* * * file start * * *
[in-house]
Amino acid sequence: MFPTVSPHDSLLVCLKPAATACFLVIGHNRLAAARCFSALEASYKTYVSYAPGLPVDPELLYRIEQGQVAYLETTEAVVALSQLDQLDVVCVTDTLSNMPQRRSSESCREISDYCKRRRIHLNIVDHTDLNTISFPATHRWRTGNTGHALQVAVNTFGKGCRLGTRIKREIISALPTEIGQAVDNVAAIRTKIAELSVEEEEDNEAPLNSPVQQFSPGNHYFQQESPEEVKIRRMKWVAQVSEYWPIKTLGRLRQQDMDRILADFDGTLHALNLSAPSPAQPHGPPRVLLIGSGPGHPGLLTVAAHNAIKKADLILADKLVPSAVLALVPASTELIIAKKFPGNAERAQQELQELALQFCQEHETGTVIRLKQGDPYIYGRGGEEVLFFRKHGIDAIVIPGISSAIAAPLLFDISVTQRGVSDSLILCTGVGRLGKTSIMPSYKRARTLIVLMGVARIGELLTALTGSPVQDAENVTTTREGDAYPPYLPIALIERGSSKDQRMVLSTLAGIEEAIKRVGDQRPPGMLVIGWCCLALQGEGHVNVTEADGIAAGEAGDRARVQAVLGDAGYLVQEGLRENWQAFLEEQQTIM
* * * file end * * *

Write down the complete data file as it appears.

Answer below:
[in-house]
Amino acid sequence: MFPTVSPHDSLLVCLKPAATACFLVIGHNRLAAARCFSALEASYKTYVSYAPGLPVDPELLYRIEQGQVAYLETTEAVVALSQLDQLDVVCVTDTLSNMPQRRSSESCREISDYCKRRRIHLNIVDHTDLNTISFPATHRWRTGNTGHALQVAVNTFGKGCRLGTRIKREIISALPTEIGQAVDNVAAIRTKIAELSVEEEEDNEAPLNSPVQQFSPGNHYFQQESPEEVKIRRMKWVAQVSEYWPIKTLGRLRQQDMDRILADFDGTLHALNLSAPSPAQPHGPPRVLLIGSGPGHPGLLTVAAHNAIKKADLILADKLVPSAVLALVPASTELIIAKKFPGNAERAQQELQELALQFCQEHETGTVIRLKQGDPYIYGRGGEEVLFFRKHGIDAIVIPGISSAIAAPLLFDISVTQRGVSDSLILCTGVGRLGKTSIMPSYKRARTLIVLMGVARIGELLTALTGSPVQDAENVTTTREGDAYPPYLPIALIERGSSKDQRMVLSTLAGIEEAIKRVGDQRPPGMLVIGWCCLALQGEGHVNVTEADGIAAGEAGDRARVQAVLGDAGYLVQEGLRENWQAFLEEQQTIM